Chickenpox Vaccine: Yea or Nea?
August 3, 2006 6:47 AM   Subscribe

Chickenpox Vaccine: Yea or Nea? This would be for a 15-month-old child.

After a great deal of research on vaccinations, we decided to get all the recommended ones for our son. I'm not sure about the Chickenpox vaccination though. Is it really necessary? Do the potential benefits outweigh the dangers? Extra information: he is not in day care. We also have an 11-year-old in public school who has not had Chickenpox or the vaccine. My wife and I both had Chickenpox as children. (I know vaccines are a contentious topic, so I'd like to try to narrow this discussion to the pros/cons of the Chickenpox vaccine. Thanks.)
posted by Otis to Health & Fitness (28 answers total) 1 user marked this as a favorite
No one (usually) dies from or is crippled by chickenpox so it's not strictly necessary. I had chickenpox twice and it's no fun though. We got our kids this vaccine because it's just one less thing to worry about. If you're going to get the other vaccines, one more isn't going to make any difference in terms of risk exposure. (and personally, I think the benefits outweight any potential risks, but yeah, not everyone agrees with that. )
posted by GuyZero at 6:54 AM on August 3, 2006

One of the issues we talked about before vaccinating our kids was that the vaccine only lasts about 20 years, and chicken pox in adulthood (shingles) is a whole lot nastier than it is in kids. But we decided to go ahead, with the assumption that by the time the kids are in their 20s, there will be some sort of permanent vaccine available, and it would be a non-issue.
posted by hamfisted at 6:54 AM on August 3, 2006

Well, anecdotally, I can say it worked for my daughter, now 11. She had the vaccine, and had no adverse reaction. She was exposed to chickenpox at about 5 years old, by a friend with a full-blown case. My daughter got about 5 bumps, and that was it. YMMV, of course.
posted by MrMoonPie at 6:55 AM on August 3, 2006

My daughter (4) is in pre-school in the regular, public school system for other services, and they required that she either have had chickenpox or the chickenpox vaccine when we registered her. Your school system may be moving that way- I would suggest calling the administration building to find out what the requirements are now, to give an idea of what the requirements will be when your son goes to kindergarten. They don't continue to check shot records after they see the kindergarten one, I don't think, but the kindergarten one has to be up to date when you register.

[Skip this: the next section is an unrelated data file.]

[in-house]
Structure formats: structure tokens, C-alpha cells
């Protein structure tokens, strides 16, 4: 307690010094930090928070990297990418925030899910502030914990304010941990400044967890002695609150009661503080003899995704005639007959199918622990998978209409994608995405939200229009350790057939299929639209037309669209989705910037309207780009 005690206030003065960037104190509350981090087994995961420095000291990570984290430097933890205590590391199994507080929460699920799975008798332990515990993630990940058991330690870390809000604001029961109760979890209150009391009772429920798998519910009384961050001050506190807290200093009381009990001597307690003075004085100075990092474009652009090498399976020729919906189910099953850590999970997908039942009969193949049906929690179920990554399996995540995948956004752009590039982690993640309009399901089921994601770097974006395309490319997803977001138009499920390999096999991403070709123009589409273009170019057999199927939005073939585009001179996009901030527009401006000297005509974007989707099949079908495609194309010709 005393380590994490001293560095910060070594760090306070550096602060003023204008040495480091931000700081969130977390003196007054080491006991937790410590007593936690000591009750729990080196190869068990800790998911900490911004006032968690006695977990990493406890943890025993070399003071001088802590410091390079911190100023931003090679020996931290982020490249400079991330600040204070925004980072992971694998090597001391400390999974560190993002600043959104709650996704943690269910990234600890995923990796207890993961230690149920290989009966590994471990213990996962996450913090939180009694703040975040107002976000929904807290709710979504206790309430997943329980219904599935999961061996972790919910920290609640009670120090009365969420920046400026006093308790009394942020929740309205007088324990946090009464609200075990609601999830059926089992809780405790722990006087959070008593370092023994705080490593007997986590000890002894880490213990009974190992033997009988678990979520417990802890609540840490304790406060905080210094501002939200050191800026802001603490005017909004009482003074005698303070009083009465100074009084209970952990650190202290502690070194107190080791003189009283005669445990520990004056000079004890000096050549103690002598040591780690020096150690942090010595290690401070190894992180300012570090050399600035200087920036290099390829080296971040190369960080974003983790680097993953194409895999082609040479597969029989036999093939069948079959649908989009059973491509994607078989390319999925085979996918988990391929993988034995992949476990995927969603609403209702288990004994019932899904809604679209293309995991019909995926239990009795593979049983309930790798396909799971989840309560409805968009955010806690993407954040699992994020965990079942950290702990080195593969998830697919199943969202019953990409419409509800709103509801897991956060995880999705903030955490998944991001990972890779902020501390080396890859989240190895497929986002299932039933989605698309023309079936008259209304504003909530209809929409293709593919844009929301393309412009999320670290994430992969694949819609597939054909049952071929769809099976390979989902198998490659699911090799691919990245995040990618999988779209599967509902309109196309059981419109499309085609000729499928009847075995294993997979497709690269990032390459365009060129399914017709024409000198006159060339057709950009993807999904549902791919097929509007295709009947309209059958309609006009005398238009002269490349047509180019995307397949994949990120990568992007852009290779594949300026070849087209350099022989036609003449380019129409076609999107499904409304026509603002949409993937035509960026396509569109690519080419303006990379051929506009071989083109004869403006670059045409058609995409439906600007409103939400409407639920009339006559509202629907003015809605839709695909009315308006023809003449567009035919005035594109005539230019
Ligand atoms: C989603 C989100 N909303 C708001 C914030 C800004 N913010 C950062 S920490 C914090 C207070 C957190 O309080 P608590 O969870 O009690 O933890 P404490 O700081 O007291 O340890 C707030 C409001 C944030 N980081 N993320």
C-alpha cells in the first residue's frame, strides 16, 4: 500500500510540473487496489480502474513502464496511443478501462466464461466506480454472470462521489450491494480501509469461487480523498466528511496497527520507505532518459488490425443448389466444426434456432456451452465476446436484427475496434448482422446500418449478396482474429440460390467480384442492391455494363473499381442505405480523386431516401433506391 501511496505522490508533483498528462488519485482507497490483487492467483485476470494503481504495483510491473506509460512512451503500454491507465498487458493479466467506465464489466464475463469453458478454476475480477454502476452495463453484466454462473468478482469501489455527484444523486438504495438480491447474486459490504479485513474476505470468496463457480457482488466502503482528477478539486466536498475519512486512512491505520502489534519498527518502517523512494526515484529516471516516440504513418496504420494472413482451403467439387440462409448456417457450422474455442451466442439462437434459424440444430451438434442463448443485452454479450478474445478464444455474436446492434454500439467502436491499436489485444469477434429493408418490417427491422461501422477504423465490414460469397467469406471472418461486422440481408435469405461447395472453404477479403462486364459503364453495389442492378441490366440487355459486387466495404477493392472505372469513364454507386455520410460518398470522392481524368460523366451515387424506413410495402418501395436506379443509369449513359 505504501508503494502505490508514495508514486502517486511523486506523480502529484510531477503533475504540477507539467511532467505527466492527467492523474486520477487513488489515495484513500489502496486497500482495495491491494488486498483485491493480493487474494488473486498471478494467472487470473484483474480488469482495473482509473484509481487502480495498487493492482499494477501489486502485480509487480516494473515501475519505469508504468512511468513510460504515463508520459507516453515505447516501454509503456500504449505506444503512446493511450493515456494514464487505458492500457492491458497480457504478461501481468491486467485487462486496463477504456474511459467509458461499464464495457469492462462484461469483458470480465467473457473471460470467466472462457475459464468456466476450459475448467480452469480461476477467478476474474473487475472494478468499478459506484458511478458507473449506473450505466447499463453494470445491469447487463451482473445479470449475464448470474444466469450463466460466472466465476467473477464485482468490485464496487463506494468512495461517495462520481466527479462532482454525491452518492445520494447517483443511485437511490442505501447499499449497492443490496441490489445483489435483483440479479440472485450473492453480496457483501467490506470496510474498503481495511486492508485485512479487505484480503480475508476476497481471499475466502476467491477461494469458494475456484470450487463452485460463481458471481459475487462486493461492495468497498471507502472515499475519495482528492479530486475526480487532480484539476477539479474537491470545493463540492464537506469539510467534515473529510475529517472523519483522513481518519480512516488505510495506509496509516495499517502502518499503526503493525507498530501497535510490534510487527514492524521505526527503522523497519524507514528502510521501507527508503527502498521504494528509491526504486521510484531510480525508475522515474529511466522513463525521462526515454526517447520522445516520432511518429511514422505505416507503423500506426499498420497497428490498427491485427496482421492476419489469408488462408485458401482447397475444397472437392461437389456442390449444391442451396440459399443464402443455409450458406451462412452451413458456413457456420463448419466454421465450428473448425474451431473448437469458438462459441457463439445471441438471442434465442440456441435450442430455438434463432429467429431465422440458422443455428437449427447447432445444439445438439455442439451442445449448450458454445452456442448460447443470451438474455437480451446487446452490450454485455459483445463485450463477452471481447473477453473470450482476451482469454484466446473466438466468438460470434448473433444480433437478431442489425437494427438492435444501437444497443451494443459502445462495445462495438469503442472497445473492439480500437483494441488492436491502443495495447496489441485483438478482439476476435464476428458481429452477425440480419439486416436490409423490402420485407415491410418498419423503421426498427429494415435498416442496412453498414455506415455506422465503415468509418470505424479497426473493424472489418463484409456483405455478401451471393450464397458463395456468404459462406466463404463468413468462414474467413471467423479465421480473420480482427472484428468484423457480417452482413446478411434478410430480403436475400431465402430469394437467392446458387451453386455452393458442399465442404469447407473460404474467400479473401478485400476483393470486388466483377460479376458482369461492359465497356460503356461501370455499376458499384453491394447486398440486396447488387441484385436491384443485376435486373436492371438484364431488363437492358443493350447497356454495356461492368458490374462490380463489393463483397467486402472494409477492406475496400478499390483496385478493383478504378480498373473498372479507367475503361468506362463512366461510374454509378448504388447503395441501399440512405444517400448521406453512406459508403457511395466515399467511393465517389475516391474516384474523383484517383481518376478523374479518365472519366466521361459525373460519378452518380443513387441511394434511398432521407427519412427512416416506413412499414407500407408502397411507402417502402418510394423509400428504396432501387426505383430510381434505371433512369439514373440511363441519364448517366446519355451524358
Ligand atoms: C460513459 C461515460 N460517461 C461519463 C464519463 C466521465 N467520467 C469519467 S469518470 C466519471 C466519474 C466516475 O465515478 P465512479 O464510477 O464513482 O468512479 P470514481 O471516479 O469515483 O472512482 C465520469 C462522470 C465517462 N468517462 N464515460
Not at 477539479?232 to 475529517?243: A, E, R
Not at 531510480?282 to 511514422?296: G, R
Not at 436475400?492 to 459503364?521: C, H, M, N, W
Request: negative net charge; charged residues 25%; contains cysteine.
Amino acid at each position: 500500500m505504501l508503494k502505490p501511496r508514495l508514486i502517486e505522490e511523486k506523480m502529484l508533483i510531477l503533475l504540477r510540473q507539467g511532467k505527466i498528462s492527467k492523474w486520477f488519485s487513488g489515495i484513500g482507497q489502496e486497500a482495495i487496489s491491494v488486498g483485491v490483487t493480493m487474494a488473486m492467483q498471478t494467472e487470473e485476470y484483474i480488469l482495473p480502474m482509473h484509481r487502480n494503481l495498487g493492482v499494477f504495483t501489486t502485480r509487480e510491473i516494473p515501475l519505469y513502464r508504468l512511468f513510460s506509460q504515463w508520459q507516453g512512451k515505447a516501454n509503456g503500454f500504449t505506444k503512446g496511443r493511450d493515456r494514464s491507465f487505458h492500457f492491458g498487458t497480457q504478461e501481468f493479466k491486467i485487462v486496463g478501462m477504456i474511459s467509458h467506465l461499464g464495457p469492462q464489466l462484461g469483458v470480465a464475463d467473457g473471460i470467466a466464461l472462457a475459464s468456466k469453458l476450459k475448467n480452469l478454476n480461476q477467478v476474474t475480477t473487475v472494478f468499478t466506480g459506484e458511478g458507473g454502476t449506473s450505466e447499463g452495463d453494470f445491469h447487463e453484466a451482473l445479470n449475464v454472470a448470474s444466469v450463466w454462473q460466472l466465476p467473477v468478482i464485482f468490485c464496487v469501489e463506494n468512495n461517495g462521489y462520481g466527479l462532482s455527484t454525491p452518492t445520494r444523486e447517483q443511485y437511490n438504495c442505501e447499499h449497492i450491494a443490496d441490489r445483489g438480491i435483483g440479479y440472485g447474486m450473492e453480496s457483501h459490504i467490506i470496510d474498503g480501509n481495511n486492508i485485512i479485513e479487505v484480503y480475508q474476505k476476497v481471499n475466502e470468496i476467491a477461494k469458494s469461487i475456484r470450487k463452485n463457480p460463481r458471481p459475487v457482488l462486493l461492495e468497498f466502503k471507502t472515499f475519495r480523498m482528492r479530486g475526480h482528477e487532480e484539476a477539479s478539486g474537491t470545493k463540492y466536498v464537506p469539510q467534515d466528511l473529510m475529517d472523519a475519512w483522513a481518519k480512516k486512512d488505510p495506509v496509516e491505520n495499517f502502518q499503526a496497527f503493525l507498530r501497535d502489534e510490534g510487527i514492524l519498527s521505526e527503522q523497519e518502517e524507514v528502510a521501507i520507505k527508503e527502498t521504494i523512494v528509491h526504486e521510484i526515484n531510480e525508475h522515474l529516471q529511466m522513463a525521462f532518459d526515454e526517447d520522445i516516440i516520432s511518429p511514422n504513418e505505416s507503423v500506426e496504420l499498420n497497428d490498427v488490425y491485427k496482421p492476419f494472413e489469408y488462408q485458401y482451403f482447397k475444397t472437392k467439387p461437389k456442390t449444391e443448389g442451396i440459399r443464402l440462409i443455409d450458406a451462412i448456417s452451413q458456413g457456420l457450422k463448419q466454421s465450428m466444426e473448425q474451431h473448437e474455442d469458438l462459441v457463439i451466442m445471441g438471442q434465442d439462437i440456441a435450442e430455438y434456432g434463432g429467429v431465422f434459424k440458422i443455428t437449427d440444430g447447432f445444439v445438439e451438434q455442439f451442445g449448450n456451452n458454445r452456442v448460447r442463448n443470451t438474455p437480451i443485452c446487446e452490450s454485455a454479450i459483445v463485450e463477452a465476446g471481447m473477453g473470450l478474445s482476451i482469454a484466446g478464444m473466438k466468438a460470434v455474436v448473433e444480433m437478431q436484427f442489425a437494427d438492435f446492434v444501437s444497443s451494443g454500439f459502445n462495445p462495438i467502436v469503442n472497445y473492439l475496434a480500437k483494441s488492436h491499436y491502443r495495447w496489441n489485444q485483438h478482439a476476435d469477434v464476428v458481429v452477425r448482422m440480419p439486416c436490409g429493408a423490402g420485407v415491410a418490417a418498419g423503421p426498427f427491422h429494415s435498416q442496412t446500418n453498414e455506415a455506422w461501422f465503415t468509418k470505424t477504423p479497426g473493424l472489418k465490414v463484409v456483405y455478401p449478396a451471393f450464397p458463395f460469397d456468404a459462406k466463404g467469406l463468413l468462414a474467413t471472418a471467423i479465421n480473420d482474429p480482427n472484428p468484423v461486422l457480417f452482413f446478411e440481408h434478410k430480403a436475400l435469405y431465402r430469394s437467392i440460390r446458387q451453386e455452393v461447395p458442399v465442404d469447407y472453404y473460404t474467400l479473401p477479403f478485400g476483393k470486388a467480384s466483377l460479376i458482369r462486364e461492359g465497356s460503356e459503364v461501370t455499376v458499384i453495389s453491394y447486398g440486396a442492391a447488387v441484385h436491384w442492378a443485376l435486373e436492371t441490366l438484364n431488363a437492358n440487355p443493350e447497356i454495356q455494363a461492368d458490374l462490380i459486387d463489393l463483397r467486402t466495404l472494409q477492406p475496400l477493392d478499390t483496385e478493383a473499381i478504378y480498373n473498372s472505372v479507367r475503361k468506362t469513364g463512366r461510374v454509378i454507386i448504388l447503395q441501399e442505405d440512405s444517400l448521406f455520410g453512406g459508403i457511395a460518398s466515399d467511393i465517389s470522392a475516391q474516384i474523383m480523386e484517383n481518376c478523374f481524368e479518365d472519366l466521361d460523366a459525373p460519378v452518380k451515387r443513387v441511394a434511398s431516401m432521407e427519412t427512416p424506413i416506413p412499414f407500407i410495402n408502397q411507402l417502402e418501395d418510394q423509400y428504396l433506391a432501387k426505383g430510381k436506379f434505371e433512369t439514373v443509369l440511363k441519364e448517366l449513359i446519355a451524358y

Aside from bureaucracy- both my kids ended up getting chicken pox on their own and I was a little glad. Friends who have kids who had the vaccine still get chicken pox, just not as bad, and they've all gotten it more than once. However, these kids were vaccinated in the mid-90s, when the vaccine was brand new, and newer formulations might be more effective.
posted by headspace at 7:01 AM on August 3, 2006

I got it for my daughter the first year it was available. She's never had chicken pox, even when her friends did. I understand she will need a booster soon, but that's okay. The more people who are vaccinated, the fewer incidents in the population at large. If your 11 yr. old hasn't had chickenpox, you ought to get him the vaccine - he's reaching the age where it will do damage.

I was very sick with chickenpox. My husband nearly died with mumps. "Simple" childhood diseases aren't always so simple.

Shingles isn't from getting the disease when you're older. Once you've had chickenpox (& presumably once you've had the vaccine), it lives in your body for the rest of your life and can reappear at any time in the form of shingles.
posted by clarkstonian at 7:14 AM on August 3, 2006

While chickenpox in adulthood is not shingles, chickenpox in adulthood is indeed much more serious. It's in adulthood that most of the deaths from chickenpox occur.
posted by TheOnlyCoolTim at 7:23 AM on August 3, 2006

As a side note, they're currently working on a shingles vaccine to help reduce the incidences of shingles in the adult population.

Overall, there haven't been any major problems reported with the chicken pox vaccine so far (the adverse affects of it are less severe and less frequent than with a chicken pox infection). The normal "worst case" of a vaccine is that while it doesn't prevent you from getting chicken pox, it does makes your infection less severe.

The main downside of the vaccine is that adults who already had normal chicken pox get reexposed to the virus less often, perhaps making shingles more likely in people who have not had the vaccine, but as I say above, a shingles vaccine is likely.
posted by skynxnex at 7:26 AM on August 3, 2006

The disadvantages strike me as minor compared to the potential problems if your child actually did get chicken pox. The US CDC has a good